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DPHS honors AP students at awards breakfast

'This will prepare students greatly for college'

DPHS advanced placement student Rachel Duda receives her certificate from history teacher Nicole Jyringi. Kevin Flanders. (click for larger version)
April 08, 2016
SPENCER — David Prouty High School students know as soon as they begin an advanced placement course that they're up for a big challenge. After many long nights of studying and challenging exams this year, the students celebrated their accomplishments last Friday with a breakfast at the school.

Joined by their families and teachers, several students were awarded certificates marking their completion of rigorous advanced placement (AP) courses at DPHS. From history to statistics and everything in between, the students not only maximized their academic opportunities in high school but also prepared themselves well for college.

But it wasn't easy. While many of their friends were resting on weekends or enjoying social recreations on school nights, these students were hitting the books hard. It's a personal investment into the future, teachers said, and many of the students took more than one AP course this year.

"These students were an absolute pleasure to teach. The amount of scholarship in this class was at a college level," said AP history teacher Nicole Jyringi.

One of the goals of the DPHS AP program is to bring the environment of a college course to high school. That means more difficult exams, a broader depth of instruction, and, you guessed it, much more homework.

But having dramatically increased their academic flexibility, the students are more than ready for college. In some instances, the demands of certain college courses might not be as rigorous as those of AP work, teachers said.

In all AP classes, teachers were impressed by students' abilities to do whatever it took to be prepared. Sacrifices were certainly made socially to allow for a greater academic emphasis, but in the end the students' work will be well worth it.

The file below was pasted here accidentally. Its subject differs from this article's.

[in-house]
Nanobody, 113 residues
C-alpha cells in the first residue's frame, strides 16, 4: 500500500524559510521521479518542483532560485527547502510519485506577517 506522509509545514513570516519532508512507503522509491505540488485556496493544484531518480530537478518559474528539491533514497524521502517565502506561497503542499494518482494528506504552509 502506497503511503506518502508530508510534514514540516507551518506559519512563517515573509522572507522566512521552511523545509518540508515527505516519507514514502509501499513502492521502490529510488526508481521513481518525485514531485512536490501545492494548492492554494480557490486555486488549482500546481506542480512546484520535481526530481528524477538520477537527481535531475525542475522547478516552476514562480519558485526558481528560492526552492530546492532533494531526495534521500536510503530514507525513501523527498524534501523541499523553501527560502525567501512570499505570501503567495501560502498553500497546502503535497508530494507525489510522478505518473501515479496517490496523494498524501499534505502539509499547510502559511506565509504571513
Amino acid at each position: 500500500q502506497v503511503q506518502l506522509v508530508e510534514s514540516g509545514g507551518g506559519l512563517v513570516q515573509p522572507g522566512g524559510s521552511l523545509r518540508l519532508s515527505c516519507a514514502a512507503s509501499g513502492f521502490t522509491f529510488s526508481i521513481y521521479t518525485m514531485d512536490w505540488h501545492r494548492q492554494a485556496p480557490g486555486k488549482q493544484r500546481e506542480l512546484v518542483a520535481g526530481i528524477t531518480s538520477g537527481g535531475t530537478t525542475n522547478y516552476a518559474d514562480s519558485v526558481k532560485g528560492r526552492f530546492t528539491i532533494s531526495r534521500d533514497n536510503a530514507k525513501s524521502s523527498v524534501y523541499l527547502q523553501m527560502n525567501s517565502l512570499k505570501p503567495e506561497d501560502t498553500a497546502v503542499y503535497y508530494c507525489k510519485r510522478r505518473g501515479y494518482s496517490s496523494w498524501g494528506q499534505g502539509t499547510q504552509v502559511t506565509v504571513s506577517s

"My students came in early, stayed late, and did work on weekends – the workload is tremendous and they were ready for it," said Keith Servant, whose first-year AP statistics course saw an impressive 23 students. "This will prepare students greatly for college classes."

As the school continues to improve and expand its AP offerings, teachers were thrilled by high numbers of signups for this year's courses. As classes like Servant's AP statistics section continue to advance and evolve, school officials are expecting even higher enrollment numbers next year.

And AP courses don't just benefit the students – teachers also enjoy working with the most academically committed and determined students Prouty has to offer.

"I am so proud of every single one of these kids who took the challenge," said Nancy Gingras, who teaches writing and language arts.

AP students at Prouty were given the full range of material in their respective courses. In one of Gingras' classes, students learned all about persuasion and how to become great "arguers" of their points, readying them for college courses on rhetoric and writing.

"After they leave this class, I don't want them back," Gingras joked about the skills they learned in persuasive speech and writing.

Best of all, many of the students will earn college credits after excelling in AP exams, allowing them to take more challenging and fascinating courses as freshmen.

Kevin Flanders can be reached at 508-909-4140, or by e-mail at kflanders@stonebridgepress.com.

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